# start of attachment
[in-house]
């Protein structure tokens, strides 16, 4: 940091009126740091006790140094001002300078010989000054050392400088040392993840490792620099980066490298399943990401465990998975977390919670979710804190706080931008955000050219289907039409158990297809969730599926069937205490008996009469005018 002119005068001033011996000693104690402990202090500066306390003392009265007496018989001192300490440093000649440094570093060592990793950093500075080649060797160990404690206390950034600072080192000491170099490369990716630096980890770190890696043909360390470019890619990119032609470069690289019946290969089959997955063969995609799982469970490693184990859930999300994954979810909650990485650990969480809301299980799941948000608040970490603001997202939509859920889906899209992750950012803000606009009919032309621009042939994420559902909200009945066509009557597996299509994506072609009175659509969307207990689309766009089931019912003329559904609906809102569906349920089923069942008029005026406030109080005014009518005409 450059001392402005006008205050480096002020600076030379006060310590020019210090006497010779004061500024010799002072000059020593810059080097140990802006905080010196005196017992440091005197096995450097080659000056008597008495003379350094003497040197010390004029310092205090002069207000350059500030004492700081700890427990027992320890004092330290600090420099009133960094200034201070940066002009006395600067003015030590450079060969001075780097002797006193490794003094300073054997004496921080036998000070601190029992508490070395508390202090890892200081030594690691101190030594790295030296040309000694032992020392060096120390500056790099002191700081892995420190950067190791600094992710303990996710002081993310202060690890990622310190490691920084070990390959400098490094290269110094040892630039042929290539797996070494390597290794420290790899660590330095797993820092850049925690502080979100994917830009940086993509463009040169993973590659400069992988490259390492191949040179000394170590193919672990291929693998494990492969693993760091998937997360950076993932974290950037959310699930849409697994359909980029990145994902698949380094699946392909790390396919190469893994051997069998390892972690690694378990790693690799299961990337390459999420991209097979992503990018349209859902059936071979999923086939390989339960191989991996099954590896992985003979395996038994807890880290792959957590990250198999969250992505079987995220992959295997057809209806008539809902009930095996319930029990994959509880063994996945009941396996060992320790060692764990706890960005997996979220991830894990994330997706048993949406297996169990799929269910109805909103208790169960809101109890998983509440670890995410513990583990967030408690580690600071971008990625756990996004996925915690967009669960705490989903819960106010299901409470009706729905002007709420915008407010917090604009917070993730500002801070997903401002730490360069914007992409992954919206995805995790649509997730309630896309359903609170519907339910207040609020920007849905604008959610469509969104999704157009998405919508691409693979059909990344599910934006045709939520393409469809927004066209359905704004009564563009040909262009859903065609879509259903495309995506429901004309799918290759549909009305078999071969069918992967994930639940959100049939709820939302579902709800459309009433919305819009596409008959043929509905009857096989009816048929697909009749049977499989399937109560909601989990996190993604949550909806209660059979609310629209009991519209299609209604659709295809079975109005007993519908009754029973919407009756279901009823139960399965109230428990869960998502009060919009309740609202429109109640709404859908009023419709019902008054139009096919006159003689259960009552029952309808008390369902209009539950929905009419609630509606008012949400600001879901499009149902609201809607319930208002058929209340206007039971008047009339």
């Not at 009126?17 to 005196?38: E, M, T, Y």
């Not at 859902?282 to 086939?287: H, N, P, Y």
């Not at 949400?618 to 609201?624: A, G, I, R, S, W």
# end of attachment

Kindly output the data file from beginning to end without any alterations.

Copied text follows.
[in-house]
């Protein structure tokens, strides 16, 4: 940091009126740091006790140094001002300078010989000054050392400088040392993840490792620099980066490298399943990401465990998975977390919670979710804190706080931008955000050219289907039409158990297809969730599926069937205490008996009469005018 002119005068001033011996000693104690402990202090500066306390003392009265007496018989001192300490440093000649440094570093060592990793950093500075080649060797160990404690206390950034600072080192000491170099490369990716630096980890770190890696043909360390470019890619990119032609470069690289019946290969089959997955063969995609799982469970490693184990859930999300994954979810909650990485650990969480809301299980799941948000608040970490603001997202939509859920889906899209992750950012803000606009009919032309621009042939994420559902909200009945066509009557597996299509994506072609009175659509969307207990689309766009089931019912003329559904609906809102569906349920089923069942008029005026406030109080005014009518005409 450059001392402005006008205050480096002020600076030379006060310590020019210090006497010779004061500024010799002072000059020593810059080097140990802006905080010196005196017992440091005197096995450097080659000056008597008495003379350094003497040197010390004029310092205090002069207000350059500030004492700081700890427990027992320890004092330290600090420099009133960094200034201070940066002009006395600067003015030590450079060969001075780097002797006193490794003094300073054997004496921080036998000070601190029992508490070395508390202090890892200081030594690691101190030594790295030296040309000694032992020392060096120390500056790099002191700081892995420190950067190791600094992710303990996710002081993310202060690890990622310190490691920084070990390959400098490094290269110094040892630039042929290539797996070494390597290794420290790899660590330095797993820092850049925690502080979100994917830009940086993509463009040169993973590659400069992988490259390492191949040179000394170590193919672990291929693998494990492969693993760091998937997360950076993932974290950037959310699930849409697994359909980029990145994902698949380094699946392909790390396919190469893994051997069998390892972690690694378990790693690799299961990337390459999420991209097979992503990018349209859902059936071979999923086939390989339960191989991996099954590896992985003979395996038994807890880290792959957590990250198999969250992505079987995220992959295997057809209806008539809902009930095996319930029990994959509880063994996945009941396996060992320790060692764990706890960005997996979220991830894990994330997706048993949406297996169990799929269910109805909103208790169960809101109890998983509440670890995410513990583990967030408690580690600071971008990625756990996004996925915690967009669960705490989903819960106010299901409470009706729905002007709420915008407010917090604009917070993730500002801070997903401002730490360069914007992409992954919206995805995790649509997730309630896309359903609170519907339910207040609020920007849905604008959610469509969104999704157009998405919508691409693979059909990344599910934006045709939520393409469809927004066209359905704004009564563009040909262009859903065609879509259903495309995506429901004309799918290759549909009305078999071969069918992967994930639940959100049939709820939302579902709800459309009433919305819009596409008959043929509905009857096989009816048929697909009749049977499989399937109560909601989990996190993604949550909806209660059979609310629209009991519209299609209604659709295809079975109005007993519908009754029973919407009756279901009823139960399965109230428990869960998502009060919009309740609202429109109640709404859908009023419709019902008054139009096919006159003689259960009552029952309808008390369902209009539950929905009419609630509606008012949400600001879901499009149902609201809607319930208002058929209340206007039971008047009339």
């Not at 009126?17 to 005196?38: E, M, T, Y």
């Not at 859902?282 to 086939?287: H, N, P, Y």
């Not at 949400?618 to 609201?624: A, G, I, R, S, W």